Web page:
From starting out as a concert promoter over 20 years ago, Semmel Concerts has evolved into a producer of cultural happenings: concerts and tours from all genres of music, musical and show productions, exhibitions with expanded programs of lectures, festivals and motto days (see page 22) and adding to that: book publications. Complimentary to our Tutankhamun exhibition we published Zahi Hawass’ Discovering Tutankhamun in cooperation with The American University Cairo Press. The German translation is up for publishing later in 2014, and the book in French in early 2015. Zahi Hawass and SC Exhibitions are currently working on a children’s book, The Legend of the Golden Boy, which will be released in the second half of 2014. Through this book you will feel the magic of the great discovery and read how Tutmania has entered the hearts of people all over the world. What is even more interesting is that I will take you on a great adventure through all the new discoveries about this great king and his time. I hope you will follow along with me as we explore all about the legend and the mysteries of Tutankhamun.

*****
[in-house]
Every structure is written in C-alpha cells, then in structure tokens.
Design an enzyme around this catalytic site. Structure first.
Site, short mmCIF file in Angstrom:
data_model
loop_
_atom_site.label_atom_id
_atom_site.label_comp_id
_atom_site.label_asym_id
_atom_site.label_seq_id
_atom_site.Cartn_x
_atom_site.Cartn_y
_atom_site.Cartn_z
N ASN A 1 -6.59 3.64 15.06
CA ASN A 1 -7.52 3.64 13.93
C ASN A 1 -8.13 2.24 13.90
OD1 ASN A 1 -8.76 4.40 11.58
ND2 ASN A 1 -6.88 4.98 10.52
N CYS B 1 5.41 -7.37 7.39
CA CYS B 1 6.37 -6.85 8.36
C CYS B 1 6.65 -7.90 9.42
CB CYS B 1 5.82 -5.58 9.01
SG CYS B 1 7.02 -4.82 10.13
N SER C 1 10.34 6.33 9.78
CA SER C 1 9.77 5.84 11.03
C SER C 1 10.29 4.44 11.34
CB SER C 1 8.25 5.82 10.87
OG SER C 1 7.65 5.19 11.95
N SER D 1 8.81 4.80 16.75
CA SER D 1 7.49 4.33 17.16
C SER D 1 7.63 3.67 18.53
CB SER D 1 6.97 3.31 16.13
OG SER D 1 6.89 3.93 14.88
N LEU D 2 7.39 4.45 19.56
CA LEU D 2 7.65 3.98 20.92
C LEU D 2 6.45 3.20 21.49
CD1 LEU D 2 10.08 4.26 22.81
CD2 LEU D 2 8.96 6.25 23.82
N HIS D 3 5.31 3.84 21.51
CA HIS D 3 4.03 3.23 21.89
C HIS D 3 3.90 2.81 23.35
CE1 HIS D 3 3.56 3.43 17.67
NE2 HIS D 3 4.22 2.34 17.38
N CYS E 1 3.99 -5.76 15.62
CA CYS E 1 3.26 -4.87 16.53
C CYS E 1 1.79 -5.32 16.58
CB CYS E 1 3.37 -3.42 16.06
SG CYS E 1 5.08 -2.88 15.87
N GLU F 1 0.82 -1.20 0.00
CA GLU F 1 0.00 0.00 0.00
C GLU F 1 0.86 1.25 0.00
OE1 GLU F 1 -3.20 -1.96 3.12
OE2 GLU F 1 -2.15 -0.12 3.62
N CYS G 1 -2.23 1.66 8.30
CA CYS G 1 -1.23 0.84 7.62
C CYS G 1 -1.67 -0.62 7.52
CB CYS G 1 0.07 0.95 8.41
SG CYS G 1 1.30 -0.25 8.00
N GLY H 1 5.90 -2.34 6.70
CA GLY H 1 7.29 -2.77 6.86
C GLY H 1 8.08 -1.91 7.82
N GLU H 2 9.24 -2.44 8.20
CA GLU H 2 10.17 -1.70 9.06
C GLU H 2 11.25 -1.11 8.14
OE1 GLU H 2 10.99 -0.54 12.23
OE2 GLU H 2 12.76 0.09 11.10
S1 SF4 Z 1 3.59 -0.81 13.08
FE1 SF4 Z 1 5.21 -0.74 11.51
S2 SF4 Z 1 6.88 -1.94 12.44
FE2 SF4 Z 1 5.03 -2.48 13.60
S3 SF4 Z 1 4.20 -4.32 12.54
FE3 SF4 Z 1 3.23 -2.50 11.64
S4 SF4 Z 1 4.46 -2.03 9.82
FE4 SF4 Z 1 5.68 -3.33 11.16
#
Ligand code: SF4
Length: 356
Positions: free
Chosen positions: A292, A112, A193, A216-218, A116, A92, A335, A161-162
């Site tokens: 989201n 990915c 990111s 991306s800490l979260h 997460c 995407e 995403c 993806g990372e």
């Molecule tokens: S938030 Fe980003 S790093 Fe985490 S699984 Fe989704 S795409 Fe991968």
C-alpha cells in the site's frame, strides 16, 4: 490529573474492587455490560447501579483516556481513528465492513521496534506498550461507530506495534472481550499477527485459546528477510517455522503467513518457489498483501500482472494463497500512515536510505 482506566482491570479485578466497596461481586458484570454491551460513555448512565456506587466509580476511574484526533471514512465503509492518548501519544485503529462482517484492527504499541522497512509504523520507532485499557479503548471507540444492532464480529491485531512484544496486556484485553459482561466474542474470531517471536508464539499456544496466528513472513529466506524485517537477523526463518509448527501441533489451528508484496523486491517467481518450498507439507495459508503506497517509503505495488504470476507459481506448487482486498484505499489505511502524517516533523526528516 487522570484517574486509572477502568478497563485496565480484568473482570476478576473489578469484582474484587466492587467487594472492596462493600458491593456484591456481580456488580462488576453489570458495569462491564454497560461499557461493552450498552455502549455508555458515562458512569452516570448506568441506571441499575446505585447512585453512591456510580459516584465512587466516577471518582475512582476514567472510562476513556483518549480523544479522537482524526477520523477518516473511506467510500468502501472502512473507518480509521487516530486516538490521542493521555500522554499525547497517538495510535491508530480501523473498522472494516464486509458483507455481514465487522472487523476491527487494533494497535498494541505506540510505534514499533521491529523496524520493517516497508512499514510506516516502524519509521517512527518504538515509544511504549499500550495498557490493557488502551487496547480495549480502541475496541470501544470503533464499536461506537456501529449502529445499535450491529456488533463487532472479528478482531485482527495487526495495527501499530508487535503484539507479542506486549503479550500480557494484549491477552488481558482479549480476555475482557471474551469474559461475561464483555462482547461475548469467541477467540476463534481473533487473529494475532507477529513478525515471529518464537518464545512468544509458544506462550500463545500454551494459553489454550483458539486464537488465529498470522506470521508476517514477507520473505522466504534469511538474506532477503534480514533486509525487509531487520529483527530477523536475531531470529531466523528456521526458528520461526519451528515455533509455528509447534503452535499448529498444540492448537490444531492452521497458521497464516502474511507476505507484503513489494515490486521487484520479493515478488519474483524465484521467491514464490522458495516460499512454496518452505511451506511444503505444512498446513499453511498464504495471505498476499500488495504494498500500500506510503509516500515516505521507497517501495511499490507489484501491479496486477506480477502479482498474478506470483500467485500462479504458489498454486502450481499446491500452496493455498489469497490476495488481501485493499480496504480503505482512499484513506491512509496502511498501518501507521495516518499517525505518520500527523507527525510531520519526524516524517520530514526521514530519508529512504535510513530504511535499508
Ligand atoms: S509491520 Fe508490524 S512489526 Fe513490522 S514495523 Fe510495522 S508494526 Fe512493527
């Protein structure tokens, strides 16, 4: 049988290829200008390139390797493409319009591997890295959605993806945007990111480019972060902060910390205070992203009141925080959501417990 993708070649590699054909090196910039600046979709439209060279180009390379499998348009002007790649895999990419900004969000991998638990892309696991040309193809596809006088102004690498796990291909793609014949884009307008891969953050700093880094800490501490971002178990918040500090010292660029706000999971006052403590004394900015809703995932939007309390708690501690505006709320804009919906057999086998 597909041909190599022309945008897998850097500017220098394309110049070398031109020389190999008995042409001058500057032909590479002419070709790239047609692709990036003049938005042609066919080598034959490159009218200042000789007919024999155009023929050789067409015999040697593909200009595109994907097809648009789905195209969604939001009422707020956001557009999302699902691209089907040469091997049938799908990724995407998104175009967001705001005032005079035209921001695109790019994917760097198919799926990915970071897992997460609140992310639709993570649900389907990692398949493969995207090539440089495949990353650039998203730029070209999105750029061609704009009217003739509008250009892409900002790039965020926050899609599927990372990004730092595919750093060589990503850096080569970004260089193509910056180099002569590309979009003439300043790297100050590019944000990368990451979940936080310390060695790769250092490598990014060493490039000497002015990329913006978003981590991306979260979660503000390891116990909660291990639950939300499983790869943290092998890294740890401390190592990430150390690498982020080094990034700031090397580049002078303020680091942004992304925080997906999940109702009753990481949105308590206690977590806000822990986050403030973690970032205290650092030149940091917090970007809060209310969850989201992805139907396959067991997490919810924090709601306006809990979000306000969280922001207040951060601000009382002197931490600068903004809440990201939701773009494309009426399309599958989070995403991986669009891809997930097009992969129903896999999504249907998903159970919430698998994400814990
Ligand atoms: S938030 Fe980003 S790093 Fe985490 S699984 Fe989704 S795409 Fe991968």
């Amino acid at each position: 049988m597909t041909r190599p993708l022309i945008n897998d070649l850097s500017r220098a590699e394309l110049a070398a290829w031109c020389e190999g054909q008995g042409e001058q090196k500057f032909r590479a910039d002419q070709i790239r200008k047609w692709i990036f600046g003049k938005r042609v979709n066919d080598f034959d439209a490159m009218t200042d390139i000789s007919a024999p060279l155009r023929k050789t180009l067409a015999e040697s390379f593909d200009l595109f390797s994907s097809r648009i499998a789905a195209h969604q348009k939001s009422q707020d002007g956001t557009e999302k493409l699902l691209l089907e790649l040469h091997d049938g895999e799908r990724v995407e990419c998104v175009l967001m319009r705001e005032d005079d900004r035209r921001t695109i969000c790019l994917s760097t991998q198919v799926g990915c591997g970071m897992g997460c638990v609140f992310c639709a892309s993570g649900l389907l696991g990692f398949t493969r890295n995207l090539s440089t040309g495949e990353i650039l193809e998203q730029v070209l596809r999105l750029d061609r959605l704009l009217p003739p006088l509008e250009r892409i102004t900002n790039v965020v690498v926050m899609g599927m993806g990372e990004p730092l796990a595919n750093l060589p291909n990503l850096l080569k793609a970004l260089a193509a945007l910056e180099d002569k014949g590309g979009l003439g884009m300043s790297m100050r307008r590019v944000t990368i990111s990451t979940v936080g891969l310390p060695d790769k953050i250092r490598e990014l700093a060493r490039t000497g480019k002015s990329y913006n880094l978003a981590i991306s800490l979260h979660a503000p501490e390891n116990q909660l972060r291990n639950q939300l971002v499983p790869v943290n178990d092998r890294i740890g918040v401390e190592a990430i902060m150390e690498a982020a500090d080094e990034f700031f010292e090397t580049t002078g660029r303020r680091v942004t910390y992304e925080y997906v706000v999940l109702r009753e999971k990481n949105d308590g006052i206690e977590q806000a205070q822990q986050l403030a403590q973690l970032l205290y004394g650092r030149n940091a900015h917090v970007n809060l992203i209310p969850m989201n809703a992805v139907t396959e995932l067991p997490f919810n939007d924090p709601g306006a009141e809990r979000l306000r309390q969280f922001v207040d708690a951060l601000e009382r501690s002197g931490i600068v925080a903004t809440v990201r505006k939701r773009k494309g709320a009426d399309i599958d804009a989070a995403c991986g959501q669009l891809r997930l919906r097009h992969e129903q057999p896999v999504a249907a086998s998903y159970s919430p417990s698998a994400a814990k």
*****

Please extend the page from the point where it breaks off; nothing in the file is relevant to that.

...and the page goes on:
Meet Dr Hawass in Seattle! AAM Annual Meeting / Museum Expo 2014 Booth of Premier Exhibitions 19 May at 3pm/20 May at 4.15pm Get your signed free* copy of “Discovering Tuthankamun“! (* While stocks last)

1 Lectures all over the world: Zahi Hawass 2 With Christoph Scholz at the Winter Palace in Luxor

SC Exhibitions Magazine 2014 | 19

SC Exhibitions magazine 2014  

The very first edition of the annual SC Exhibitions magazine is out now. We are publishing it to tell you about our work and to connect wi...

SC Exhibitions magazine 2014  

The very first edition of the annual SC Exhibitions magazine is out now. We are publishing it to tell you about our work and to connect wi...